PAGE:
3:10 to Yuma (2007)
Starring: Christian Bale, Russell Crowe, Ben Foster, Alan Tudyk, Gretchen Mol, Peter Fonda, Logan Lerman, Dallas Roberts
Directed by: James Mangold
The buzz around 3:10 to Yuma is that it’s the best western since Unforgiven and will help usher the genre back into pop culture. Since I’m not really a fan of the genre, I didn’t really care either way (to be clear, I’m not not a fan either. I have nothing against the genre; I’m just not a genuine fan of it). What interested me more about the buzz is that “best since” talk suggested that 3:10 to Yuma was a quality movie, which generally don’t get released in the first couple weeks of September.
Studios generally use late August to the end of September as a dumping grounds for movies they didn’t consider summer moneymakers and don’t consider award hopefuls, especially with back to school keeping kids and parents busy. This is a problem for me, since I’m not tied to a calendar and would prefer to have good movies to watch throughout the year. The bigger problem is that the good movies tend to all come out at once, which makes it really difficult to catch them all. So I was hoping that its release might change this attitude.
First, it had to be good to fit into my “good movies in September” hope. Luckily, it is a very good movie, and not just for genre fans (I can say that, since I’m not one). Christian Bale and Russell Crowe are both excellent in their roles, giving restrained performances suitable to the grizzled old west setting. I’m a fan of both performers (in terms of their work, I care very little about their personal affairs), as both tend to deliver quality performances in everything they do, and this is no exception. Both play complicated characters, eschewing black and white divisions to reveal multiple sides to their characters.
Bale stars as Dan Evans, a civil war veteran struggling to keep his ranch when drought leaves him owing money. While heading out to settle things with those looking to shut down his ranch, he and his sons witness a vicious stagecoach robbery by the infamous Ben Wade’s (Crowe) gang. Wade lets Evans and his sons pass (after relieving them of their horses to prevent a pursuit), but after Wade is captured in town, Dan Evans volunteers to help take him to the town of Contention, to catch the 3:10 train to the Yuma prison, where Wade will be executed.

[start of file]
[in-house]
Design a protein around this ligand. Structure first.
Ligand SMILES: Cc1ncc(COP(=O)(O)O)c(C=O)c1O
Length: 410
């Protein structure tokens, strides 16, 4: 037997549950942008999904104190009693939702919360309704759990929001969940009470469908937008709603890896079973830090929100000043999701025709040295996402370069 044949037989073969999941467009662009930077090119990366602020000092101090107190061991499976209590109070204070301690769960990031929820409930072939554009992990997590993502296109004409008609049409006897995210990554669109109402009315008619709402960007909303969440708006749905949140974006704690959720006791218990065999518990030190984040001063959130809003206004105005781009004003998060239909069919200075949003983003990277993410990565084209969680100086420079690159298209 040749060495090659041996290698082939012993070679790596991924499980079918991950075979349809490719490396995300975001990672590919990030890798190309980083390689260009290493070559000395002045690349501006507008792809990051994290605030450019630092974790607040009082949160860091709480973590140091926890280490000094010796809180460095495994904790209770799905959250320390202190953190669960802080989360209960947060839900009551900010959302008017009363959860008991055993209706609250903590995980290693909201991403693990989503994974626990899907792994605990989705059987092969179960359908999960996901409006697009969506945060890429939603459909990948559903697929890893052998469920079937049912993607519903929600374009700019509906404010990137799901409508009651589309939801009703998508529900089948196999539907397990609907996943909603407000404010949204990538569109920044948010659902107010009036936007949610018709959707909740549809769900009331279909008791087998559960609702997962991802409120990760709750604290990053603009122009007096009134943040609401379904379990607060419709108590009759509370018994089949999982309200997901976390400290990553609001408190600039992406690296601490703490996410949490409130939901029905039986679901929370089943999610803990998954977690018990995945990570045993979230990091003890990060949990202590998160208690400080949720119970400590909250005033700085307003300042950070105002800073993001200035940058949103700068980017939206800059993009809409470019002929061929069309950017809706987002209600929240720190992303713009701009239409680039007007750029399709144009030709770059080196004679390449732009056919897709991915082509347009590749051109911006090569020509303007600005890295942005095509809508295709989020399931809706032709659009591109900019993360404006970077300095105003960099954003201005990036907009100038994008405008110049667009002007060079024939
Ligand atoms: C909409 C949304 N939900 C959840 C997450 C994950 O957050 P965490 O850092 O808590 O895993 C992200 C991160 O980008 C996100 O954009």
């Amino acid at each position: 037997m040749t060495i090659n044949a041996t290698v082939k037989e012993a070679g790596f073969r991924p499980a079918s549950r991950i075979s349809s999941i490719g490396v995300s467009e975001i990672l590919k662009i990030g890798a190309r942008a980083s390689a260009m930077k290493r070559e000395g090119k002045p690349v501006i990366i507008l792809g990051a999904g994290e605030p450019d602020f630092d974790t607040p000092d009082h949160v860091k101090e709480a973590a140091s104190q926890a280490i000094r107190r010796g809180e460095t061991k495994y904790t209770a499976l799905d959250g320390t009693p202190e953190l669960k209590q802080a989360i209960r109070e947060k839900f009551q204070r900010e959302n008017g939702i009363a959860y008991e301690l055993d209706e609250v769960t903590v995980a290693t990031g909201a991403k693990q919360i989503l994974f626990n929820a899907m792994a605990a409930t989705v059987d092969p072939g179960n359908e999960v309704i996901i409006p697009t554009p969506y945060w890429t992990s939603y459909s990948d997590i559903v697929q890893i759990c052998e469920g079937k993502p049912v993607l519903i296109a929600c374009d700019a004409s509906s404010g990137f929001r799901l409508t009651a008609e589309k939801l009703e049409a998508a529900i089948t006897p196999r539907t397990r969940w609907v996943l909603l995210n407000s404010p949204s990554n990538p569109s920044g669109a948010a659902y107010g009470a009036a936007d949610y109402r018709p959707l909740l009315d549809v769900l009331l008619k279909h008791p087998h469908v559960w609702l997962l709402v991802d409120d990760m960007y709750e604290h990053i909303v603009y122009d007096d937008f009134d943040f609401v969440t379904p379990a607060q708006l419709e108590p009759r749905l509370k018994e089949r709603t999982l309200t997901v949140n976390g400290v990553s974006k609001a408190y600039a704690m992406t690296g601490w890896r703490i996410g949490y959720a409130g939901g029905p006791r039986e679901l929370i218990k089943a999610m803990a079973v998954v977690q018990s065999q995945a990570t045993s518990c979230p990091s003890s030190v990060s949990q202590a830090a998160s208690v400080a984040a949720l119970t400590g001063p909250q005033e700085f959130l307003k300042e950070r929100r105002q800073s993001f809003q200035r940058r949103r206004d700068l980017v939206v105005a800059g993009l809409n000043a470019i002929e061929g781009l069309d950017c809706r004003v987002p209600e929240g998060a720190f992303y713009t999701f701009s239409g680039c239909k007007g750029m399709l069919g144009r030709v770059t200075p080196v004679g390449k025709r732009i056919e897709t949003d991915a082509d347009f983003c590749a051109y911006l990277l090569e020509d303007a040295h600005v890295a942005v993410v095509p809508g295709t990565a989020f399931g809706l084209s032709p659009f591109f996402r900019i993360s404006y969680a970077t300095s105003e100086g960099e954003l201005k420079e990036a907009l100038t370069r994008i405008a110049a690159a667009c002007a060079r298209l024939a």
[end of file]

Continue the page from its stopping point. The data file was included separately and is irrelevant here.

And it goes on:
The movie then becomes a tense road movie, with Evans and crew (including Peter Fonda as bounty hunter Byron McElroy and Alan Tudyk as Doc Potter) making the long trek while trying to contain Wade and evade his crew. Director James Mangold maintains an excellent pace throughout the movie, keeping the audience near or at the edge of their seat without letting the story get repetitive. Elements of the story are familiar to this particular kind of film, with danger lurking around every corner and the group dwindling as time goes by.
Luckily, the action is exciting enough and the performances are strong enough that some of the more familiar plot points don’t hamper what is a very good movie. It’s certainly a more visceral western than those I’m used to (admittedly, a small sample size). Along with Bale and Crowe, the standout in the cast is Ben Foster as Wade’s right hand man Charlie Prince. Prince is the least physically intimidating member of Wade’s crew, yet Foster infuses him with such menace that he quickly becomes the most dynamic and frightening character in the movie, including Wade himself. Since the movie wanted to do something different with Wade’s character besides being a simple bad guy, it was important to give the movie a proper villain, and Foster fills that role superbly.
So, yes, 3:10 to Yuma is the elusive great movie released in early September. Unfortunately, I can’t see it starting a trend of great September movies, as it only did $14 million worth of business in its opening weekend (which was good for first place, telling you how dead movie theatres are at this time of the year). The same thing happened earlier this year with the March release of Zodiac, another great film released at a traditionally dead time at the box office that was unable to achieve the audience it deserves. So I guess the studio bean counters are right about release dates after all, and we can continue to expect them to keep cramming their best projects into two periods of the year (summer blockbuster season and winter award season), then using the other 8 months of the year to throw out lazy crap. It must be the way moviegoers like it.